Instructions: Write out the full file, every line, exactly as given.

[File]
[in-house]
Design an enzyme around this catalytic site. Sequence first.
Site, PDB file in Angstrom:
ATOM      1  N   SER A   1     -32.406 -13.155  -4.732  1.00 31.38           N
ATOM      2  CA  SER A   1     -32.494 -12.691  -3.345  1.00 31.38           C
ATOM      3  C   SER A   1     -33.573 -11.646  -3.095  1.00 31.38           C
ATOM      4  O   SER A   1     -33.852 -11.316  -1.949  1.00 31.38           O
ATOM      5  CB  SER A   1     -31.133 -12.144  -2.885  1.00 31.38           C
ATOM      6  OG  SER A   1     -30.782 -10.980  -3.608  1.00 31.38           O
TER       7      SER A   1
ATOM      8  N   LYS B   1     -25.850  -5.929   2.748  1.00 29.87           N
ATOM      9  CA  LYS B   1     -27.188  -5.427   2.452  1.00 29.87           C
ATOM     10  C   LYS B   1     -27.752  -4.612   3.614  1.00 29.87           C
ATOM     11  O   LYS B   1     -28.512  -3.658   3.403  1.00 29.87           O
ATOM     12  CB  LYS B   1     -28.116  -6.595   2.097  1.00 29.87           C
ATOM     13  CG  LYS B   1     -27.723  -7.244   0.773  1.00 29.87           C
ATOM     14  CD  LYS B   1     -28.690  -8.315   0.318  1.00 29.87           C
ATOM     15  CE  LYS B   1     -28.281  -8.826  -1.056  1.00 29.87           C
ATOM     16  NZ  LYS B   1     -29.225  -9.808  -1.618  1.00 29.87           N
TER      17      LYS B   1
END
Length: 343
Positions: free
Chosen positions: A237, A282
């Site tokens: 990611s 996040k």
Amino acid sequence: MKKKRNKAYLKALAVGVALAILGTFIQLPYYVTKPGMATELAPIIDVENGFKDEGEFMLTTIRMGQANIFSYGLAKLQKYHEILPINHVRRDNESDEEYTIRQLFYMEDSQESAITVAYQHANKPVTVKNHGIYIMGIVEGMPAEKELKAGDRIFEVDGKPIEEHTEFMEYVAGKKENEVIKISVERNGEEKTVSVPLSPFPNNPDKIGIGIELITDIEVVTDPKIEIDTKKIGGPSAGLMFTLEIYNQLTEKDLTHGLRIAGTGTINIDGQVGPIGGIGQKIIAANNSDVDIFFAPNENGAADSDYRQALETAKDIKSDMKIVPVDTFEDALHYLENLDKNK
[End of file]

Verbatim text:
[in-house]
Design an enzyme around this catalytic site. Sequence first.
Site, PDB file in Angstrom:
ATOM      1  N   SER A   1     -32.406 -13.155  -4.732  1.00 31.38           N
ATOM      2  CA  SER A   1     -32.494 -12.691  -3.345  1.00 31.38           C
ATOM      3  C   SER A   1     -33.573 -11.646  -3.095  1.00 31.38           C
ATOM      4  O   SER A   1     -33.852 -11.316  -1.949  1.00 31.38           O
ATOM      5  CB  SER A   1     -31.133 -12.144  -2.885  1.00 31.38           C
ATOM      6  OG  SER A   1     -30.782 -10.980  -3.608  1.00 31.38           O
TER       7      SER A   1
ATOM      8  N   LYS B   1     -25.850  -5.929   2.748  1.00 29.87           N
ATOM      9  CA  LYS B   1     -27.188  -5.427   2.452  1.00 29.87           C
ATOM     10  C   LYS B   1     -27.752  -4.612   3.614  1.00 29.87           C
ATOM     11  O   LYS B   1     -28.512  -3.658   3.403  1.00 29.87           O
ATOM     12  CB  LYS B   1     -28.116  -6.595   2.097  1.00 29.87           C
ATOM     13  CG  LYS B   1     -27.723  -7.244   0.773  1.00 29.87           C
ATOM     14  CD  LYS B   1     -28.690  -8.315   0.318  1.00 29.87           C
ATOM     15  CE  LYS B   1     -28.281  -8.826  -1.056  1.00 29.87           C
ATOM     16  NZ  LYS B   1     -29.225  -9.808  -1.618  1.00 29.87           N
TER      17      LYS B   1
END
Length: 343
Positions: free
Chosen positions: A237, A282
């Site tokens: 990611s 996040k």
Amino acid sequence: MKKKRNKAYLKALAVGVALAILGTFIQLPYYVTKPGMATELAPIIDVENGFKDEGEFMLTTIRMGQANIFSYGLAKLQKYHEILPINHVRRDNESDEEYTIRQLFYMEDSQESAITVAYQHANKPVTVKNHGIYIMGIVEGMPAEKELKAGDRIFEVDGKPIEEHTEFMEYVAGKKENEVIKISVERNGEEKTVSVPLSPFPNNPDKIGIGIELITDIEVVTDPKIEIDTKKIGGPSAGLMFTLEIYNQLTEKDLTHGLRIAGTGTINIDGQVGPIGGIGQKIIAANNSDVDIFFAPNENGAADSDYRQALETAKDIKSDMKIVPVDTFEDALHYLENLDKNK